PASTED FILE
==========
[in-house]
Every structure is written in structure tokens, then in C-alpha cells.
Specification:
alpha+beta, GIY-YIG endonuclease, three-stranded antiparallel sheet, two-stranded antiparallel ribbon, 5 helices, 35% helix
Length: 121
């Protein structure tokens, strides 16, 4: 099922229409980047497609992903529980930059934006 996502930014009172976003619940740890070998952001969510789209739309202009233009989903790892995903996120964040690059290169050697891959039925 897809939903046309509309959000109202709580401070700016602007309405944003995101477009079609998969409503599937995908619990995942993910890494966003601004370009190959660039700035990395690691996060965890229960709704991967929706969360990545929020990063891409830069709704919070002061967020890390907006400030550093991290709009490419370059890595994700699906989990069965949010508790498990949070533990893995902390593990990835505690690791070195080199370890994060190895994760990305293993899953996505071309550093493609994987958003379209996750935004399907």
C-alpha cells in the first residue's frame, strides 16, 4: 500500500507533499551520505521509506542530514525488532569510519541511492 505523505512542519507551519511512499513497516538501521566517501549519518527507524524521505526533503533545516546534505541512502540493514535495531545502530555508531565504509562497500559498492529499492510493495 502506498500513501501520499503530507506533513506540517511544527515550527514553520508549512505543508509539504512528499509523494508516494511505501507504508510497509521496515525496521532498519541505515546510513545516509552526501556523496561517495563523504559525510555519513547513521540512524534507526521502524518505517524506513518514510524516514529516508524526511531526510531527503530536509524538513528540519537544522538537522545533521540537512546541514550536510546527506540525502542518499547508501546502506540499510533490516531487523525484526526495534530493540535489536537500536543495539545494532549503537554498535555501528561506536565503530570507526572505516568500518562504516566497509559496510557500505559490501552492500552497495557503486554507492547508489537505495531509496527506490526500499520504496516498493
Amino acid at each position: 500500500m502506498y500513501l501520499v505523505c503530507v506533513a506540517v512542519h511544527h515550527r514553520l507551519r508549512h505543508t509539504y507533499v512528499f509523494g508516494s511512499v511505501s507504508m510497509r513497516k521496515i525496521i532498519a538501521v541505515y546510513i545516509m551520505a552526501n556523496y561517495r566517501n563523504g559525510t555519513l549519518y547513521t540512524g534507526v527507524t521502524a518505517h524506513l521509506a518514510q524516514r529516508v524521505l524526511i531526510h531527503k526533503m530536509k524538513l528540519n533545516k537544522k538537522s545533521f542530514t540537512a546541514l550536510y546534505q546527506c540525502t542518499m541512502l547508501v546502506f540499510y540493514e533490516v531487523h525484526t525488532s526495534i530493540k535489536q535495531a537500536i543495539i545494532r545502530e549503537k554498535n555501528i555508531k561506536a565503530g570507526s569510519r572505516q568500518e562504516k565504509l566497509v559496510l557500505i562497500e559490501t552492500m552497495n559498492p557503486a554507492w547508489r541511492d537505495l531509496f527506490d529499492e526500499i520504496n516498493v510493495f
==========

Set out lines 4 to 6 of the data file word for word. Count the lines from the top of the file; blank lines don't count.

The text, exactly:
alpha+beta, GIY-YIG endonuclease, three-stranded antiparallel sheet, two-stranded antiparallel ribbon, 5 helices, 35% helix
Length: 121
């Protein structure tokens, strides 16, 4: 099922229409980047497609992903529980930059934006 996502930014009172976003619940740890070998952001969510789209739309202009233009989903790892995903996120964040690059290169050697891959039925 897809939903046309509309959000109202709580401070700016602007309405944003995101477009079609998969409503599937995908619990995942993910890494966003601004370009190959660039700035990395690691996060965890229960709704991967929706969360990545929020990063891409830069709704919070002061967020890390907006400030550093991290709009490419370059890595994700699906989990069965949010508790498990949070533990893995902390593990990835505690690791070195080199370890994060190895994760990305293993899953996505071309550093493609994987958003379209996750935004399907």